Finance for Interscholasti
The overall Session Long Project (SLP) requires students to develop a Finance and Marketing Guide that may be used in various settings of the sports industry, including (but not limited to) interscholastic, collegiate, and professional sports. This guide will serve as a compilation of written materials and projects that reflect an understanding of the course content while describing knowledge and information related to Sport Finance and Marketing.
Students will develop their Finance and Marketing Guide by completing the following five sections throughout the Session, with one section due each module:
Section 1: Analysis of financial trends and challenges in the sports industry and acquisition and uses of public and private financial resources
Section 2: Presentation of a Sport Sponsorship Proposal
Section 3: SWOT analysis of sport product
Section 4: Application of the Four P’s of the marketing plan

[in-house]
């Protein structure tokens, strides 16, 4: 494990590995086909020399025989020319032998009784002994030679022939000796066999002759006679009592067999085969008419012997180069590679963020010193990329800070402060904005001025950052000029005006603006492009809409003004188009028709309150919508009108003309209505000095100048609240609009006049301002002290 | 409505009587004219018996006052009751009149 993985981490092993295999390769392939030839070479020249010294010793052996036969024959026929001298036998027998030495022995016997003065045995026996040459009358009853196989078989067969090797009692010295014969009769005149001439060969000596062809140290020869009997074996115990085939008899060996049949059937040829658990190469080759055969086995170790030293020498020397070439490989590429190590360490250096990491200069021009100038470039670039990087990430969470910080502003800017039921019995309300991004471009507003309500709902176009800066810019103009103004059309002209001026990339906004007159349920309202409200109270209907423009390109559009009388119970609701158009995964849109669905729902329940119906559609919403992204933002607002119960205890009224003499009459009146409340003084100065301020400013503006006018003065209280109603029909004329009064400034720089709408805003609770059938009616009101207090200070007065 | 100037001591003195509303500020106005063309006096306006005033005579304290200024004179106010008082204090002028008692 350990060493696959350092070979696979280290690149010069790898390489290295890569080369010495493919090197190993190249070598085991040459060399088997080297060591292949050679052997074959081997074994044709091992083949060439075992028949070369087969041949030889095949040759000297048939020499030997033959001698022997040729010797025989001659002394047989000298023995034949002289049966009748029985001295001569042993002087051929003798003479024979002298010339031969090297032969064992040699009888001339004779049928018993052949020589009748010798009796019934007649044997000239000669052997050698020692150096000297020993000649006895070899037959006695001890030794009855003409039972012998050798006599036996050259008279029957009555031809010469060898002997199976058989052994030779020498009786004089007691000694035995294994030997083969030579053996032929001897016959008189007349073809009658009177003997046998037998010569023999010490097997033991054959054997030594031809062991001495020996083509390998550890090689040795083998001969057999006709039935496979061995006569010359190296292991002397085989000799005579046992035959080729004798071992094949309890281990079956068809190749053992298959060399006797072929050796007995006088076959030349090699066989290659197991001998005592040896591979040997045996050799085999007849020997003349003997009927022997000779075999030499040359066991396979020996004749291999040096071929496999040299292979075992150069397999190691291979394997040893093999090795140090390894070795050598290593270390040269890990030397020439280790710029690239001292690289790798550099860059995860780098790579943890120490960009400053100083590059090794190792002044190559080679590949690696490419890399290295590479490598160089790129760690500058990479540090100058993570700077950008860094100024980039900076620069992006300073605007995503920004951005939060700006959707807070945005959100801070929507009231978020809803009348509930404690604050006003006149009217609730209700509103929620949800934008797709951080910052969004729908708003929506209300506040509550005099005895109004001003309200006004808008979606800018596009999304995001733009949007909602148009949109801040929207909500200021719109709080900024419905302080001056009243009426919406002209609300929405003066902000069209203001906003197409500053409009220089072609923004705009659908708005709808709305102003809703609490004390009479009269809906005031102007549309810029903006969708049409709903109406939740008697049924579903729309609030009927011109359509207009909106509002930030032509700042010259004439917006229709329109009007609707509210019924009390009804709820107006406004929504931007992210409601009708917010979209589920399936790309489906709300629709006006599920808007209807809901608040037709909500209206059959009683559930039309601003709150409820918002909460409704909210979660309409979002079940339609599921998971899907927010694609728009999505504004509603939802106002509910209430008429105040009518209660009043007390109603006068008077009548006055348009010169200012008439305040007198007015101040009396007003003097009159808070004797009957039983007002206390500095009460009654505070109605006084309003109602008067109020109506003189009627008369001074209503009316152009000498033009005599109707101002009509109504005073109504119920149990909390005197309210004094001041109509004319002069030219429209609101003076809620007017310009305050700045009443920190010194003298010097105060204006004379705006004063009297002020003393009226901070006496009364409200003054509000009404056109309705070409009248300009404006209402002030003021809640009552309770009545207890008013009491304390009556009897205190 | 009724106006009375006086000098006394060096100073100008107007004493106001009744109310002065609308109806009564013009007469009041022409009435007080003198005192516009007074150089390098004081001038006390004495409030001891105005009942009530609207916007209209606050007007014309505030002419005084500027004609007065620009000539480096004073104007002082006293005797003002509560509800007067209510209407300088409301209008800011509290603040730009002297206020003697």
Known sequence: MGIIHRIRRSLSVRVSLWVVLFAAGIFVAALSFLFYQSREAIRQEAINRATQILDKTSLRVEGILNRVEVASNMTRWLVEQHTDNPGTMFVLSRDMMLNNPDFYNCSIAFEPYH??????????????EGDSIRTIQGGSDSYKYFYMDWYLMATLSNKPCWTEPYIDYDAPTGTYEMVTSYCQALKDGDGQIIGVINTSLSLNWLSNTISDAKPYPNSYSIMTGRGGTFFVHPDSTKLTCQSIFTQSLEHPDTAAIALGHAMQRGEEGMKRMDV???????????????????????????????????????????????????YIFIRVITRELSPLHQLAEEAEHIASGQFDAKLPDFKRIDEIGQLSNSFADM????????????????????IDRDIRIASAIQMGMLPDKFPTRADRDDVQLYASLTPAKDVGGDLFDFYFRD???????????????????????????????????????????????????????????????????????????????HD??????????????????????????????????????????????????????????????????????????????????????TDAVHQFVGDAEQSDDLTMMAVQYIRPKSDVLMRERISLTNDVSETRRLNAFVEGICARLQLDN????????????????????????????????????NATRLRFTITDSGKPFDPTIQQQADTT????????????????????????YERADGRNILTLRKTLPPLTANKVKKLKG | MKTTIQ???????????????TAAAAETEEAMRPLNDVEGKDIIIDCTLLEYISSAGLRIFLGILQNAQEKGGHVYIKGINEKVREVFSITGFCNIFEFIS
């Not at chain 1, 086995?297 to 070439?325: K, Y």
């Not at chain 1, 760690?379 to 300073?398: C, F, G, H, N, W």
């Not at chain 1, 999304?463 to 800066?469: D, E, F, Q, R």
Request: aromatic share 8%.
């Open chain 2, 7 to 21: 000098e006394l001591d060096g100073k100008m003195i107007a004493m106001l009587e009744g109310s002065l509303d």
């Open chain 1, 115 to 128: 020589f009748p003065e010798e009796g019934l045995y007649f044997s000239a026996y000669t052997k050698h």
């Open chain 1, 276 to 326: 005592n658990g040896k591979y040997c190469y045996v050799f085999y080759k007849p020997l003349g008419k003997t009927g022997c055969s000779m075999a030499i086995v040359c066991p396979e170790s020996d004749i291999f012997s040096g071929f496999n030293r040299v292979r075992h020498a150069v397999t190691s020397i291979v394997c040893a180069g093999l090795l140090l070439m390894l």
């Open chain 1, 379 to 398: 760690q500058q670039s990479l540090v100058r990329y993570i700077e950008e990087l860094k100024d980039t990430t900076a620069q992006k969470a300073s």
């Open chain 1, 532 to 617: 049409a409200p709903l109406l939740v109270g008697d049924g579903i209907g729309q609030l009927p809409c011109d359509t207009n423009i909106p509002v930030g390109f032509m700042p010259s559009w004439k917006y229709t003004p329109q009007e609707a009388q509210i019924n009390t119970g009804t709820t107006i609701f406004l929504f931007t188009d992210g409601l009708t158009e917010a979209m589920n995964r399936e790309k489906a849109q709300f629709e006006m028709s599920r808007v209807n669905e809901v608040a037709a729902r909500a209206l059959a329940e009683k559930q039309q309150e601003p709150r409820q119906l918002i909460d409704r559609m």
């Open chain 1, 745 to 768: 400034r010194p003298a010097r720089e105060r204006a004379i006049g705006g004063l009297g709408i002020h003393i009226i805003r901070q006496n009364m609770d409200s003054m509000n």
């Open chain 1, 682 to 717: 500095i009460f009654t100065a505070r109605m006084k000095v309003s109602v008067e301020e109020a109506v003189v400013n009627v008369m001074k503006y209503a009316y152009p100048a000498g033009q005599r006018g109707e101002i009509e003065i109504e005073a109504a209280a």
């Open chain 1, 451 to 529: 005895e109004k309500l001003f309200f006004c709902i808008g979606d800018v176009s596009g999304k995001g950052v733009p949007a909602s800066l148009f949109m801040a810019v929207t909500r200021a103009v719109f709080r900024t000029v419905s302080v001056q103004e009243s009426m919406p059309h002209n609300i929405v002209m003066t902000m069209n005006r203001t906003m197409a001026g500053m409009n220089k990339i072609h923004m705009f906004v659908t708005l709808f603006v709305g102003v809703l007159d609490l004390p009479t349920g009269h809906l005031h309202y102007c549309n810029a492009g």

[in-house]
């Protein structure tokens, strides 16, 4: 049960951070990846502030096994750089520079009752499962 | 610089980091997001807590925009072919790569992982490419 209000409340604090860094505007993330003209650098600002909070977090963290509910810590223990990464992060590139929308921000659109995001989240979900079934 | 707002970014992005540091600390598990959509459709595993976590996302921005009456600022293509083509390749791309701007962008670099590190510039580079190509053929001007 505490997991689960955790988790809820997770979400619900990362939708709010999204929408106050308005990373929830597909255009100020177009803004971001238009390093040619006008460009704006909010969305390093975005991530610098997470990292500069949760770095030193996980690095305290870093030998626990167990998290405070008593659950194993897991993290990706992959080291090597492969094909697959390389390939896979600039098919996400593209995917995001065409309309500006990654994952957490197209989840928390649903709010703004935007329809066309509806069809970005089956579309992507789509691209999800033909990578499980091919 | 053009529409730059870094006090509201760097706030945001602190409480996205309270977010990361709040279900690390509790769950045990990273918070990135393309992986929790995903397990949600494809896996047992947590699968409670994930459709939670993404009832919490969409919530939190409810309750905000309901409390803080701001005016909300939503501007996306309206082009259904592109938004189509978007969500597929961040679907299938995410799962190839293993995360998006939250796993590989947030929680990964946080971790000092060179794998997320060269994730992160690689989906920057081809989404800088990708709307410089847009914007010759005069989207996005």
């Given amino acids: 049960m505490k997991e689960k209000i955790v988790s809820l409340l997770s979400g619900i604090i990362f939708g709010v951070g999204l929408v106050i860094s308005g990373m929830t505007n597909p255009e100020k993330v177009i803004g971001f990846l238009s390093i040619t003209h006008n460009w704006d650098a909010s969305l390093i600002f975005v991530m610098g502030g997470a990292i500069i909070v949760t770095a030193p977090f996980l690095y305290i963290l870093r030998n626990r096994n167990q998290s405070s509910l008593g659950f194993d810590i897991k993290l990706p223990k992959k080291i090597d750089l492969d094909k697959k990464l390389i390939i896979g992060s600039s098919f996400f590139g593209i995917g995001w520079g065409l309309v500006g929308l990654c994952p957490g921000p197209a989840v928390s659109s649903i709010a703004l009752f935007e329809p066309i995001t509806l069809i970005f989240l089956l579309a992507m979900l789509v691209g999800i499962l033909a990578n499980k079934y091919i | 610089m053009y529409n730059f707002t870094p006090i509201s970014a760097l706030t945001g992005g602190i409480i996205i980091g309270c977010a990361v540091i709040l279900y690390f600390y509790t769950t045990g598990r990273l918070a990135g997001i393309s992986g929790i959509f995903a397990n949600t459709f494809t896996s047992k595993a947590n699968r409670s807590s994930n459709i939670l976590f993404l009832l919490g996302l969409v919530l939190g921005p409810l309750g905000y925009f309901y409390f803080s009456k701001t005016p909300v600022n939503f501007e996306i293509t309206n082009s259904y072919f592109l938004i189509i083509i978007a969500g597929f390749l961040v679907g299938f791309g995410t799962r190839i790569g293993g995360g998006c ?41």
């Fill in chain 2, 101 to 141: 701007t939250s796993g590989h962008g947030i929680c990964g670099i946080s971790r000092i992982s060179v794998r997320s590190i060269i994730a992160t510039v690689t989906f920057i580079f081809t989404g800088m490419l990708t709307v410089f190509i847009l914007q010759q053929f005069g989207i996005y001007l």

As an athletic administrator, you have been asked to present your athletic department’s budget to your leadership board (e.g., school board or Board of Regents).
To do this, you must create a 10- to 12-slide PowerPoint presentation that displays your department’s budget for the upcoming fiscal year. Include the basic components of a budget along with the details of these components. Identify any sources of public and/or private funding.
There are a number of ways one can lay out a budget; this assignment is not about format, but what information should be included to best communicate the fiscal responsibility of your department. Numbers do not have to be from an actual departmental budget; they can be fictitious, although you may incorporate numbers from an actual school’s budget if you can access it from a school website (be sure to cite this as a source on the reference slide).
In addition to displaying your budget, be sure to list and discuss the various revenues, expenses, and funding sources associated with running an athletics program. Remember, you are presenting to your leadership board so the information should be informative and thorough, yet clear and concise.
Be sure to provide speaker’s notes (100–150 words) for each slide. These should represent, for the most part, what you would be saying to your audience at the presentation. A separate reference slide should accompany your presentation as your final slide (in addition to the 10–12 slides for your actual presentation).
Your presentation should include (but not be limited to) the following: